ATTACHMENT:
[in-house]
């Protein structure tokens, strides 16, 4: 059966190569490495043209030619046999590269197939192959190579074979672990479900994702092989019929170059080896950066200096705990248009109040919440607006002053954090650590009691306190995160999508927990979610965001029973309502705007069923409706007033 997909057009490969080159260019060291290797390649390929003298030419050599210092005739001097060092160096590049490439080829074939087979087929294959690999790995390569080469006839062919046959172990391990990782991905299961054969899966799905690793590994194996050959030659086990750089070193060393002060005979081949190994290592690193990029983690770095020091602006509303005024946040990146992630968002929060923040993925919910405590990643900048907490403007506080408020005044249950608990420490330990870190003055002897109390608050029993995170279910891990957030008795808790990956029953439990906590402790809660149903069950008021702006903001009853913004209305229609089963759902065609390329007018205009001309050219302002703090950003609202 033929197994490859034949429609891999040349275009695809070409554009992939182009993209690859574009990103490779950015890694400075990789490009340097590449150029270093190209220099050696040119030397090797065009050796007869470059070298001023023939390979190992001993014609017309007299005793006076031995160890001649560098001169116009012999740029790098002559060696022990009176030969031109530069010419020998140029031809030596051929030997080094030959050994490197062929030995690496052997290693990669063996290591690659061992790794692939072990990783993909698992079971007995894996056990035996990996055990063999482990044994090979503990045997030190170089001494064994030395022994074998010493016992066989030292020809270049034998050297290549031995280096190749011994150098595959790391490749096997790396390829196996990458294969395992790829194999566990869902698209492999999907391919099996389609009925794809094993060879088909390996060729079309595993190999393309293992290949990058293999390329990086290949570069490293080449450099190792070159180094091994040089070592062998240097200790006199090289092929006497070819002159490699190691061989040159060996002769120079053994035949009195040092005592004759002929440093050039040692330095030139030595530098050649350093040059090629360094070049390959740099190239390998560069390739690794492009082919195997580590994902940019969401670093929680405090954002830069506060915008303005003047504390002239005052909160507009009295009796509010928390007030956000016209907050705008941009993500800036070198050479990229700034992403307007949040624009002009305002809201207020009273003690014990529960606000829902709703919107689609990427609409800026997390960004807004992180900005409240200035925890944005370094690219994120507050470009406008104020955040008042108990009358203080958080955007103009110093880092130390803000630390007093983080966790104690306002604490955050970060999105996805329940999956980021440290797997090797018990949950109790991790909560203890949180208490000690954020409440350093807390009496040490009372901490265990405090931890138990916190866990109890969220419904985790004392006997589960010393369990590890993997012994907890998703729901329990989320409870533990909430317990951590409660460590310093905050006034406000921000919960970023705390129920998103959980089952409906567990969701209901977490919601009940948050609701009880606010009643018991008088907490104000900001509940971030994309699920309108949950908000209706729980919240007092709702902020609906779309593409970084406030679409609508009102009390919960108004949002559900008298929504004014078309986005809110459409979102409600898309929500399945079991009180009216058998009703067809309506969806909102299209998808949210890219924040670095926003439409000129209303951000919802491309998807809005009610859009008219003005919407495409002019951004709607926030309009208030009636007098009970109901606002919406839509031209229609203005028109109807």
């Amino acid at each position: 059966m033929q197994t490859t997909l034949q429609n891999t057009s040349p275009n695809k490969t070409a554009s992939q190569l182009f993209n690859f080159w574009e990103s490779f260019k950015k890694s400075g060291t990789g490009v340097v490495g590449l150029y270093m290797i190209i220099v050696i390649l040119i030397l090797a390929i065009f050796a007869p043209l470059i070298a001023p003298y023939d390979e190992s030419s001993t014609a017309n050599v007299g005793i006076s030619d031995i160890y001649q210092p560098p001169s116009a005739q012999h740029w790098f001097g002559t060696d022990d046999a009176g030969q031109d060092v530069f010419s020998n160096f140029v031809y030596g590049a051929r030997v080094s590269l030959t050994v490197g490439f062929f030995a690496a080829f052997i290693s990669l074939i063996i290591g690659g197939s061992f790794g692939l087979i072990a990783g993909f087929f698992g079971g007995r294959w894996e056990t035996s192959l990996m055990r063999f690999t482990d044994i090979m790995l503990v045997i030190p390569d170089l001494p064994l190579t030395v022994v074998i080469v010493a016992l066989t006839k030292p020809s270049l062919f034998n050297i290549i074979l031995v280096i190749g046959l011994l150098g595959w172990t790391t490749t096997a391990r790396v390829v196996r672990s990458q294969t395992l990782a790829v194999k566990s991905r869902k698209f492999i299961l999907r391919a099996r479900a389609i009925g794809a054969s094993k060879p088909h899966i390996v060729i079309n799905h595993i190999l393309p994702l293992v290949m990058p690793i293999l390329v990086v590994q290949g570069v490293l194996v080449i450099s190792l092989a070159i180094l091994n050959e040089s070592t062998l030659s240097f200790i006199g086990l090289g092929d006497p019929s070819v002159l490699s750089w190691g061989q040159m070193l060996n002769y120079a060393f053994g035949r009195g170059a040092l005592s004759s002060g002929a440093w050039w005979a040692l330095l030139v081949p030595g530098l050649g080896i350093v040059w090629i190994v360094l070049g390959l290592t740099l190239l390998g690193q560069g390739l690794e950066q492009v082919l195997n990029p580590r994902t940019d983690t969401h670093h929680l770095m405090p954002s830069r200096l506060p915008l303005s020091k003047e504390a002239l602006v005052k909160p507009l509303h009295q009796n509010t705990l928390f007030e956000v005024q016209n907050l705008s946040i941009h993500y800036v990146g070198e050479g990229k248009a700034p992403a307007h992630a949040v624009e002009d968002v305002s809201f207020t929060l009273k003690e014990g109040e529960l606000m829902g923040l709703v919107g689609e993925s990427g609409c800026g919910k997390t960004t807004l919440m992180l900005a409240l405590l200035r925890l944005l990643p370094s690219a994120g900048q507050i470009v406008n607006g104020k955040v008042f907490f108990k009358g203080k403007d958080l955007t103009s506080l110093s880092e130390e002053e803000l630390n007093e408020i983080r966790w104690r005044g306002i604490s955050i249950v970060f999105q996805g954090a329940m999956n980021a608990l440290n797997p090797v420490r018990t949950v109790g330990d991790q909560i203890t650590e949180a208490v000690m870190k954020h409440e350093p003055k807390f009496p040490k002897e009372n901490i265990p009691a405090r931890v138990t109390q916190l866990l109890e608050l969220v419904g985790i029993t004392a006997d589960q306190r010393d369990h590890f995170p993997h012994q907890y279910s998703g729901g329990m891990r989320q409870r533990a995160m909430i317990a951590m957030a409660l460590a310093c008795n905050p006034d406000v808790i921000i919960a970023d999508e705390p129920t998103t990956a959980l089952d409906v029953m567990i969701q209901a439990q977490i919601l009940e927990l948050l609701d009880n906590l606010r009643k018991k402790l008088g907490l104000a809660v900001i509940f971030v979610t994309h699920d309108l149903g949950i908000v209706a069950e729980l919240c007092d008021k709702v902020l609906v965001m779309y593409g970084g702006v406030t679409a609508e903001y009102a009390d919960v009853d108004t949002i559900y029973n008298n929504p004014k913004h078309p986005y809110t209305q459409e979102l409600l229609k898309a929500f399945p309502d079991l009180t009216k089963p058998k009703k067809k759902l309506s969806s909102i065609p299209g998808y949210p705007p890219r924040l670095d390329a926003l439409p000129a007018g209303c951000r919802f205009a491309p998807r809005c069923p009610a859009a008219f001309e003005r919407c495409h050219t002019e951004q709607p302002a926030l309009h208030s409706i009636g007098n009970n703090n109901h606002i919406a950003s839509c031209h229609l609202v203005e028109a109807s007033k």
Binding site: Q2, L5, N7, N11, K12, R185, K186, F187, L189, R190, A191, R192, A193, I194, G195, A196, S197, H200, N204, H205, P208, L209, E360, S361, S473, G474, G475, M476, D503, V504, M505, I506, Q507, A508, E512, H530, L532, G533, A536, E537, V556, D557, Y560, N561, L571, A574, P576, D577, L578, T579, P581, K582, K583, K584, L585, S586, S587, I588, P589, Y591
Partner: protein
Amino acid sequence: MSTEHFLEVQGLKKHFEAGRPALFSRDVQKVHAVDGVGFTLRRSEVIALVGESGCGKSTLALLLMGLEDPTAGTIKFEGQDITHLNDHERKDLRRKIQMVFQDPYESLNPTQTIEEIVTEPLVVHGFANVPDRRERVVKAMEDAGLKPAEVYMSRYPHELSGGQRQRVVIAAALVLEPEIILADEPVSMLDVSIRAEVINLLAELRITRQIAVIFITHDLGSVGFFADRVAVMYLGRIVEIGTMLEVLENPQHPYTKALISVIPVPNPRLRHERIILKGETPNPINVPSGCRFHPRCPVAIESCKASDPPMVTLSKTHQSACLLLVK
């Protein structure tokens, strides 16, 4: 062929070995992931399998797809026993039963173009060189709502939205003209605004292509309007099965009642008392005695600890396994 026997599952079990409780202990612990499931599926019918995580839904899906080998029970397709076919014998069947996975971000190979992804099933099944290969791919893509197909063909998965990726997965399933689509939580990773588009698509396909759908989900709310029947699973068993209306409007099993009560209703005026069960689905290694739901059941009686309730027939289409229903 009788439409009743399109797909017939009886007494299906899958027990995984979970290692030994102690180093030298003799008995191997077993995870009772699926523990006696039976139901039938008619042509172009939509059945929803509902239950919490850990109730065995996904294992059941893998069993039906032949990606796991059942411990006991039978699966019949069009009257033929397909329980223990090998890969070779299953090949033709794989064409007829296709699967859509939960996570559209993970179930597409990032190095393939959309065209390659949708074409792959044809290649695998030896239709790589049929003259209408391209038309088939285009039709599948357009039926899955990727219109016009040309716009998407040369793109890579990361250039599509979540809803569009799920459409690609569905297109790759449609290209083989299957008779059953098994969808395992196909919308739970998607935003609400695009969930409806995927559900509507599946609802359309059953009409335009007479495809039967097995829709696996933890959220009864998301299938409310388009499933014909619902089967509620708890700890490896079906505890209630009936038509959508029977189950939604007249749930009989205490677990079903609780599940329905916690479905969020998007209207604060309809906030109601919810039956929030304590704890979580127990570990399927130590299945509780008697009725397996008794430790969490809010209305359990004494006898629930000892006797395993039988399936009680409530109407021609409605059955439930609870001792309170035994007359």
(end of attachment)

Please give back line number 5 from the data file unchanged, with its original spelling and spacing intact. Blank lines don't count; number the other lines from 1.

Partner: protein